Picks and Pans Review: Billy Bathgate
Dustin Hoffman, Loren Dean
Life’s cynical lesson to the ghetto youngster is that crime, and crime alone, pays. With this harsh truism branded on his young soul, Billy Bathgate (Dean) embarks on an inverted pilgrim’s progress into the twilight world of Dutch Schultz (Hoffman), the notorious Depression-era gangster.
“Who is this?” Schultz asks. “A boy with luck,” replies his chief henchman (Steven Hill), who takes Billy under his tired wing because he knows how swiftly luck can run dry in Schultz’s world of betrayal and revenge. Betrayal brings Schultz a new girlfriend, Nicole (Dead Calm) Kidman, and Billy draws the luckless job of looking after her while Schultz fights his last round with the law. The problem, Billy realizes as he falls hopelessly for his gadfly charge, is that she knows enough to put Schultz away for keeps.
Everybody has something on every-body else in Billy Bathgate, a nightmare epic that does dazzling gangland justice to Bonnie and Clyde and The Godfather. Deftly written by Tom Stoppard and directed by Robert Benton (who teamed with Hoffman in 1979’s Kramer vs. Kramer), Bathgate is even more arresting than its forebears because it is observed through the eyes of a near-innocent, Billy, who provides moral perspective—as well as someone to root for.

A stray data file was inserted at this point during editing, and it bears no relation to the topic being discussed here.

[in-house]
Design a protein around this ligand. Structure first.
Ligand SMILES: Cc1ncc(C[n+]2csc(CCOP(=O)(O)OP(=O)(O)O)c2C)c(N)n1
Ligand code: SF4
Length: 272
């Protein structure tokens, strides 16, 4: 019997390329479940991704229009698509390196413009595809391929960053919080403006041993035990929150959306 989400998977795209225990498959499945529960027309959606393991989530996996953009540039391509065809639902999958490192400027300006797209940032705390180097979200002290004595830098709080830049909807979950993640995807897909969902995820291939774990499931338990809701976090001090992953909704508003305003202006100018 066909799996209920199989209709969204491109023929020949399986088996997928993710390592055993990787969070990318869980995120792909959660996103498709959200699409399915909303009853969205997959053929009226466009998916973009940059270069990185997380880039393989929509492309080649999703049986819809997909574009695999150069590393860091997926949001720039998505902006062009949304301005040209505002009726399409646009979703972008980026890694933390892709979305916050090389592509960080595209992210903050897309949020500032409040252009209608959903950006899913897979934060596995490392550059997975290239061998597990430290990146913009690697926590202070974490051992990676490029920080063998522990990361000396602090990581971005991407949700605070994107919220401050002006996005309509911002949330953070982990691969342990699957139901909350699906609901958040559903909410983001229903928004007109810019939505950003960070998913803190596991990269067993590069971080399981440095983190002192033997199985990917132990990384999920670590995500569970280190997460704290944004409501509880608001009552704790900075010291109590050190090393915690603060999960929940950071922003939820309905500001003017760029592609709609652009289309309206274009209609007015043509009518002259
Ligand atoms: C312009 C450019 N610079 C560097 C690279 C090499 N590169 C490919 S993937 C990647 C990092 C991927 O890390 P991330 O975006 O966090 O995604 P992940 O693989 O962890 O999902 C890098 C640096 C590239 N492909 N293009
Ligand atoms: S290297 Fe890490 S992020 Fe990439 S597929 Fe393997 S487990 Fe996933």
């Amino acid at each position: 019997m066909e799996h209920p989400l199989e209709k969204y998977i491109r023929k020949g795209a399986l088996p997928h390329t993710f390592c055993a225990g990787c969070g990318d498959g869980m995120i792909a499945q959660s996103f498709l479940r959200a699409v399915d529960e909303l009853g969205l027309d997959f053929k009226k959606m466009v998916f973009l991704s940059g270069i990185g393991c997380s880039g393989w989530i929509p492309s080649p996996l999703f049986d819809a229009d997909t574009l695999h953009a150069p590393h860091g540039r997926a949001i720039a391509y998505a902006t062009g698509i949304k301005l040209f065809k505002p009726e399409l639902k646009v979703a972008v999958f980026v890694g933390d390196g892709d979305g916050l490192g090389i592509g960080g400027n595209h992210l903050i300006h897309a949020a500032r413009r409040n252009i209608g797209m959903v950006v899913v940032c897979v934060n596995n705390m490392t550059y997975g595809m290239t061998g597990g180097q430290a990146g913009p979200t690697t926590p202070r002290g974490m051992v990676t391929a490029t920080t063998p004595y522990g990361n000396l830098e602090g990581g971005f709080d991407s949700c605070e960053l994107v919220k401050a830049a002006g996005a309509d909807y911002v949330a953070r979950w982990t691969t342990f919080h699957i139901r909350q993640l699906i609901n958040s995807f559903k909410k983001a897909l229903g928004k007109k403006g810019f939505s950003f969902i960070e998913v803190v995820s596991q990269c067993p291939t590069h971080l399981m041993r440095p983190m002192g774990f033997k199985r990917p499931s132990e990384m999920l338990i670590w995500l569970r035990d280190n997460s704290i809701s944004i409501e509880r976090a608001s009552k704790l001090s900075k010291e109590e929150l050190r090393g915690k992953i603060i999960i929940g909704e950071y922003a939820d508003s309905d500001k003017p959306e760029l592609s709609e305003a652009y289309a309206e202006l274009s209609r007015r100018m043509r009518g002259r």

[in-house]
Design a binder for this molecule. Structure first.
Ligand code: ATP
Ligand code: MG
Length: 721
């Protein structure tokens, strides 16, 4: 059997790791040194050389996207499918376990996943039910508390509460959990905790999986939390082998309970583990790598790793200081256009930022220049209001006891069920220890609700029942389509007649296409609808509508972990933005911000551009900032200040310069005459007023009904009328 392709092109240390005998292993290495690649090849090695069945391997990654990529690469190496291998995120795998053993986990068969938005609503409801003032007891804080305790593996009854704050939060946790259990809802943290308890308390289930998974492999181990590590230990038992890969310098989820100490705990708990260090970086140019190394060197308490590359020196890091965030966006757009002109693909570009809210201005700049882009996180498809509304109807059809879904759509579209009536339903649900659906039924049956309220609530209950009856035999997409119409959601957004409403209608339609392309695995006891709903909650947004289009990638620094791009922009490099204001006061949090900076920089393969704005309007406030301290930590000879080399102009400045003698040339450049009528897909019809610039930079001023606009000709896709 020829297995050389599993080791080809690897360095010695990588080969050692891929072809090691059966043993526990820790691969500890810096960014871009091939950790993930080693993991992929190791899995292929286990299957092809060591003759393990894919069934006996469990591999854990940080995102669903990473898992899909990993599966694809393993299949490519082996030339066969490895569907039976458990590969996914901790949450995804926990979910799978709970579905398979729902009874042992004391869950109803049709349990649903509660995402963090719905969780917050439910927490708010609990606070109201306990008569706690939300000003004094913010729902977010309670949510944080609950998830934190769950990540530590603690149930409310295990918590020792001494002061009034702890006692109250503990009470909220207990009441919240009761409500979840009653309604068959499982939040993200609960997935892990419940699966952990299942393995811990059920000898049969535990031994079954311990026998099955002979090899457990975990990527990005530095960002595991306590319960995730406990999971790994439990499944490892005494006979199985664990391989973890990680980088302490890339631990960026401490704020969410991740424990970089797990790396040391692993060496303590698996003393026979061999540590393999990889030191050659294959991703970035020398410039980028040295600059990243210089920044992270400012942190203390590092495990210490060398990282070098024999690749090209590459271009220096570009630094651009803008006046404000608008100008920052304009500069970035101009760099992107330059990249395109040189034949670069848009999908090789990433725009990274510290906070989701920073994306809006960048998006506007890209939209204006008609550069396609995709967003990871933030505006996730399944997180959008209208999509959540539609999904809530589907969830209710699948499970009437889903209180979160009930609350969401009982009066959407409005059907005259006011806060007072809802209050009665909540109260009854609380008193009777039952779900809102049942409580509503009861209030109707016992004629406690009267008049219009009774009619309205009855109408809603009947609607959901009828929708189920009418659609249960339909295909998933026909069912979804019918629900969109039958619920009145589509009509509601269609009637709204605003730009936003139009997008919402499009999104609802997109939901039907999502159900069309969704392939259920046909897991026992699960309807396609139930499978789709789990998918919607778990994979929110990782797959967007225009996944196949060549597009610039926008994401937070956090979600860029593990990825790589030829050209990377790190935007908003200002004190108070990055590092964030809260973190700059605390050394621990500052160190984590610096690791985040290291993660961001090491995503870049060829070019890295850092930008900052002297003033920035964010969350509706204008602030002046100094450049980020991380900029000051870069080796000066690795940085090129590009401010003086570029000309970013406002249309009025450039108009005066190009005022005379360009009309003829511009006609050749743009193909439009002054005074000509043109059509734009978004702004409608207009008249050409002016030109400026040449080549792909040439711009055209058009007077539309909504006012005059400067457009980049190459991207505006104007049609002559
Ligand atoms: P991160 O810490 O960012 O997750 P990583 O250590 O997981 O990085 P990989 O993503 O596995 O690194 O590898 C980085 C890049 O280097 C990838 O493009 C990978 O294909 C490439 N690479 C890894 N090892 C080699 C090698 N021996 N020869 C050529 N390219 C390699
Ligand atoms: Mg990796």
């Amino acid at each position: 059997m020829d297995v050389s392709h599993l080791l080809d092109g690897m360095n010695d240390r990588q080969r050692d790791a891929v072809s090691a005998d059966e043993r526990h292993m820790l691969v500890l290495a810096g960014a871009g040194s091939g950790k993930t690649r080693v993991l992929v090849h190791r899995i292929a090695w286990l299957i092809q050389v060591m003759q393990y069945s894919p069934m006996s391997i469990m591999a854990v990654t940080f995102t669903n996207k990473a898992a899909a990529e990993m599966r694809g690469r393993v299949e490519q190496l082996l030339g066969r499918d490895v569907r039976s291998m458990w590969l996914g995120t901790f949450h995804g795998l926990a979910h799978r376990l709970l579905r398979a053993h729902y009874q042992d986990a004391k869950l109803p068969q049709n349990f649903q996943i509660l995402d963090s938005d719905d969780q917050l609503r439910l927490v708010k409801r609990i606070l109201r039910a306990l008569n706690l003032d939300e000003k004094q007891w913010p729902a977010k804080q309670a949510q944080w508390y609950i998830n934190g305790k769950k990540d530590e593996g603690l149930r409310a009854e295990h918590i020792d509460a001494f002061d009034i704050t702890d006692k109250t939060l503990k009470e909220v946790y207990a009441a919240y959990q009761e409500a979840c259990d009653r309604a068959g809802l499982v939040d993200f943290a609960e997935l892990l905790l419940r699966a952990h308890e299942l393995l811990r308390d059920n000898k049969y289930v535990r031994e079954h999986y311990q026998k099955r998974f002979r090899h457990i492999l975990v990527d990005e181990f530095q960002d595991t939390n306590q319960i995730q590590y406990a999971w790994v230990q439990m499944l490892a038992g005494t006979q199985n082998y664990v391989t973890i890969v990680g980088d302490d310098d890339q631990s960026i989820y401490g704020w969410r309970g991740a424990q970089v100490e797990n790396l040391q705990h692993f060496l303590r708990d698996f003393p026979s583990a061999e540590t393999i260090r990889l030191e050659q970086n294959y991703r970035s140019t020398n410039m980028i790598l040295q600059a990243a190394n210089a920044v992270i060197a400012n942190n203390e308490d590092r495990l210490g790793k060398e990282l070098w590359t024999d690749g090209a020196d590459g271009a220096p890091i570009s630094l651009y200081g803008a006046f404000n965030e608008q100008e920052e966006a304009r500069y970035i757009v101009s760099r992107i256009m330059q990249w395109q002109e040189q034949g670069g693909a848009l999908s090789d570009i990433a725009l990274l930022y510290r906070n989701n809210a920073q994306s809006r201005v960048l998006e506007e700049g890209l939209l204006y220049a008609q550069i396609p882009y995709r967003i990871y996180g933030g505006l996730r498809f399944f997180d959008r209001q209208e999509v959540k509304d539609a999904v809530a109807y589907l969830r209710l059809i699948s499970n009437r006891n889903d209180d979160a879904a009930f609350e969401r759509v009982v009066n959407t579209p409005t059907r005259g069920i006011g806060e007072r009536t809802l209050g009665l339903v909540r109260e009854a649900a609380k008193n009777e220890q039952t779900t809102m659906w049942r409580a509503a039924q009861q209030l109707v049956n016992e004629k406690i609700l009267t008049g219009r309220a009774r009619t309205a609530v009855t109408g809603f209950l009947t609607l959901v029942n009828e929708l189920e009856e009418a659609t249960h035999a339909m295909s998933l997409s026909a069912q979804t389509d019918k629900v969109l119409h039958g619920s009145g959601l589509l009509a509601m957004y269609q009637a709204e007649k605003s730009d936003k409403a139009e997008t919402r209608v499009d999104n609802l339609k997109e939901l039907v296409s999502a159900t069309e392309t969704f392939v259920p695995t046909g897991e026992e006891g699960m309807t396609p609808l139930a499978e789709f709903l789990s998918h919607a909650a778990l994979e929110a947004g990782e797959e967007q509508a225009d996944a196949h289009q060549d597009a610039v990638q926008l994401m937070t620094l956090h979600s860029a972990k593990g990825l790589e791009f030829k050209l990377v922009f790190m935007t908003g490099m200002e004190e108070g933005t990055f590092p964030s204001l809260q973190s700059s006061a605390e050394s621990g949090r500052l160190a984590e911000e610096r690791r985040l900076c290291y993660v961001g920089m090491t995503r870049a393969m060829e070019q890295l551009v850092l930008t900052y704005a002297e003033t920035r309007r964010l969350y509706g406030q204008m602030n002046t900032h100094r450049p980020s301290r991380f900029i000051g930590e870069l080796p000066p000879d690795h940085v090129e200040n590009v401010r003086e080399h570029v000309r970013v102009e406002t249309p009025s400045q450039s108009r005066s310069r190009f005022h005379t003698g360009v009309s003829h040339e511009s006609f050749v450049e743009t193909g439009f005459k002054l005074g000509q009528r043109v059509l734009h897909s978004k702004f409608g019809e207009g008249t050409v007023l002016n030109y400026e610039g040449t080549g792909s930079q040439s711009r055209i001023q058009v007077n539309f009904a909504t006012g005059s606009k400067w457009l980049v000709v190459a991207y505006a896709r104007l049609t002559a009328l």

Dean, in his first starring role, is a raffish lamb in racketeer’s clothing, while Kidman, as the imperiled society beauty—she’s a Daisy Buchanan with a serious gangster on her hands—sashays toward stardom in a diaphanous dress. Even Bruce Willis, with his permanent comer-tavern smirk, is affecting as Schultz’s doomed partner.
Still, it’s Hoffman who gives the film its pathological ferocity. Six times an Oscar nominee and twice a winner (for Kramer and for Rain Man in 1988), he has no one left to outdo but himself—so he does. With a deadly staccato in his voice and a demonic glitter in his eyes, Hoffman resurrects the specter of pure, mad-mobster evil that Hollywood lost the day Edward G. Robinson died. (R)